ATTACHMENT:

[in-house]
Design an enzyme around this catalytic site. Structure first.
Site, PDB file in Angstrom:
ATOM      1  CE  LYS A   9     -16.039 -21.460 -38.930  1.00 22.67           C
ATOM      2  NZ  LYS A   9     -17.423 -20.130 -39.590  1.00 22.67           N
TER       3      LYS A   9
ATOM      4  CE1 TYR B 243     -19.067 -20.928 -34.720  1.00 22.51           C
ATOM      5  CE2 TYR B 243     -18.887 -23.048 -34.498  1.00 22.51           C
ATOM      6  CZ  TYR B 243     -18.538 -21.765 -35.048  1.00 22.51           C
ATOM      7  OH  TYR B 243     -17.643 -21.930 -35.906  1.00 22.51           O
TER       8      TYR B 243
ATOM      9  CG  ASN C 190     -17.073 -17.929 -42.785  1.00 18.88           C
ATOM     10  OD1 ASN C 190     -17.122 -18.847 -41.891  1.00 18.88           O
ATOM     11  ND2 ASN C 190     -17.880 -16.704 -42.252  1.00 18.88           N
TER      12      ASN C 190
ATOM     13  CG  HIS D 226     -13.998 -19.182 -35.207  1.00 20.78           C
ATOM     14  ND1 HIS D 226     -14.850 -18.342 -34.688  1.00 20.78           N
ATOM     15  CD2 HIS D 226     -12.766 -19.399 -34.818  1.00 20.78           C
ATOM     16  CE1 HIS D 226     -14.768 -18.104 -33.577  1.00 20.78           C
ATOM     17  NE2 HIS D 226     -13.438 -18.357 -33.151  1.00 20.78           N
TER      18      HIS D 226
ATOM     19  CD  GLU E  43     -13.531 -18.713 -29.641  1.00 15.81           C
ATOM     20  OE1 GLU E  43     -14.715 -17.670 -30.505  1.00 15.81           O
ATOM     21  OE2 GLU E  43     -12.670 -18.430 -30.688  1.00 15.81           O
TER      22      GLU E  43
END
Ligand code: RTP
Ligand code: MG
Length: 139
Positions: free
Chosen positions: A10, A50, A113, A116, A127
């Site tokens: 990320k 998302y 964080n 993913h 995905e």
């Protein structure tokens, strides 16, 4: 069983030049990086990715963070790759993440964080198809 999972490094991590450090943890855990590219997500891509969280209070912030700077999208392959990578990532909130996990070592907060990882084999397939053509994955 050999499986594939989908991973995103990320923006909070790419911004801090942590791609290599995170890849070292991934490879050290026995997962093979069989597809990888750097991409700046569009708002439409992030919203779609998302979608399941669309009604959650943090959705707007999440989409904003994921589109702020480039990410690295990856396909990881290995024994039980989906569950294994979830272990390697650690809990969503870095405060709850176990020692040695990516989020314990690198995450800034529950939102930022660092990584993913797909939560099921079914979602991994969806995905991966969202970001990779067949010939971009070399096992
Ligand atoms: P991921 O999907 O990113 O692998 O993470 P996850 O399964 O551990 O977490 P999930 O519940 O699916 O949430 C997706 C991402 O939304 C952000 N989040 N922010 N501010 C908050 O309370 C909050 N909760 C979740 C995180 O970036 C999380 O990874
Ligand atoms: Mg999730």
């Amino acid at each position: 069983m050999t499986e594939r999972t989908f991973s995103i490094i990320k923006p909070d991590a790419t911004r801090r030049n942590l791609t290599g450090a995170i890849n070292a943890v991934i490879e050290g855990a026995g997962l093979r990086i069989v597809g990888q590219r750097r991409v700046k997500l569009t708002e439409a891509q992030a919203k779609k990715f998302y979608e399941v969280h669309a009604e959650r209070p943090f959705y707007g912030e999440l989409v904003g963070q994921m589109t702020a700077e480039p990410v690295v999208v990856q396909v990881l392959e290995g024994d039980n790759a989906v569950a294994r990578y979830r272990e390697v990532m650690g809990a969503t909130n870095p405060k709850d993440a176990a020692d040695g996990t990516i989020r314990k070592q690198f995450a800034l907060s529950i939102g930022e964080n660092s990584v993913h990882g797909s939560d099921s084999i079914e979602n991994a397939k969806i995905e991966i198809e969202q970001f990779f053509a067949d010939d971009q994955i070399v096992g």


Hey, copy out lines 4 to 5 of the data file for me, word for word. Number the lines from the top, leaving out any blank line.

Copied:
ATOM      1  CE  LYS A   9     -16.039 -21.460 -38.930  1.00 22.67           C
ATOM      2  NZ  LYS A   9     -17.423 -20.130 -39.590  1.00 22.67           N